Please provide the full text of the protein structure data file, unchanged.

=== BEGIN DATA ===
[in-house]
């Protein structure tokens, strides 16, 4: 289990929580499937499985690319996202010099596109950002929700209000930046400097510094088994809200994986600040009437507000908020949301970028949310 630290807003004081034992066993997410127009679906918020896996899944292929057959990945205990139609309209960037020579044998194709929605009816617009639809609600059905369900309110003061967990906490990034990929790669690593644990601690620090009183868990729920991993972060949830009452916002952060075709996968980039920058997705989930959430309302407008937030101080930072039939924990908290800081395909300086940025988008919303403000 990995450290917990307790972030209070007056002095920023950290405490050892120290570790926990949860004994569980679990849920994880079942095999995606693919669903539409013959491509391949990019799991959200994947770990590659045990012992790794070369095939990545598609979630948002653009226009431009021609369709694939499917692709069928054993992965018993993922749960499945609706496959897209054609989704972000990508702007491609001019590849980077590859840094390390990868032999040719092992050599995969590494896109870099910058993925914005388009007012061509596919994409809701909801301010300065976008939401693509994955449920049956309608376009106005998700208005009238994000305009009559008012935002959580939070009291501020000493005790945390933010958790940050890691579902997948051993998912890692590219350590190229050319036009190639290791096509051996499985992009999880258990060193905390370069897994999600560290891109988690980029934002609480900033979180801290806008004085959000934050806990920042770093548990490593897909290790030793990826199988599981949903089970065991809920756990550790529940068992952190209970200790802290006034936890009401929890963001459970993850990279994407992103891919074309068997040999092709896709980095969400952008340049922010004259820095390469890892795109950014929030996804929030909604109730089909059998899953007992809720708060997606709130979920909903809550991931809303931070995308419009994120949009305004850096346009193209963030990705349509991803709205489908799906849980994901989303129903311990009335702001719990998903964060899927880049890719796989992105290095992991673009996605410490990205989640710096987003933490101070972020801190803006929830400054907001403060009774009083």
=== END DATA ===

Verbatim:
[in-house]
């Protein structure tokens, strides 16, 4: 289990929580499937499985690319996202010099596109950002929700209000930046400097510094088994809200994986600040009437507000908020949301970028949310 630290807003004081034992066993997410127009679906918020896996899944292929057959990945205990139609309209960037020579044998194709929605009816617009639809609600059905369900309110003061967990906490990034990929790669690593644990601690620090009183868990729920991993972060949830009452916002952060075709996968980039920058997705989930959430309302407008937030101080930072039939924990908290800081395909300086940025988008919303403000 990995450290917990307790972030209070007056002095920023950290405490050892120290570790926990949860004994569980679990849920994880079942095999995606693919669903539409013959491509391949990019799991959200994947770990590659045990012992790794070369095939990545598609979630948002653009226009431009021609369709694939499917692709069928054993992965018993993922749960499945609706496959897209054609989704972000990508702007491609001019590849980077590859840094390390990868032999040719092992050599995969590494896109870099910058993925914005388009007012061509596919994409809701909801301010300065976008939401693509994955449920049956309608376009106005998700208005009238994000305009009559008012935002959580939070009291501020000493005790945390933010958790940050890691579902997948051993998912890692590219350590190229050319036009190639290791096509051996499985992009999880258990060193905390370069897994999600560290891109988690980029934002609480900033979180801290806008004085959000934050806990920042770093548990490593897909290790030793990826199988599981949903089970065991809920756990550790529940068992952190209970200790802290006034936890009401929890963001459970993850990279994407992103891919074309068997040999092709896709980095969400952008340049922010004259820095390469890892795109950014929030996804929030909604109730089909059998899953007992809720708060997606709130979920909903809550991931809303931070995308419009994120949009305004850096346009193209963030990705349509991803709205489908799906849980994901989303129903311990009335702001719990998903964060899927880049890719796989992105290095992991673009996605410490990205989640710096987003933490101070972020801190803006929830400054907001403060009774009083």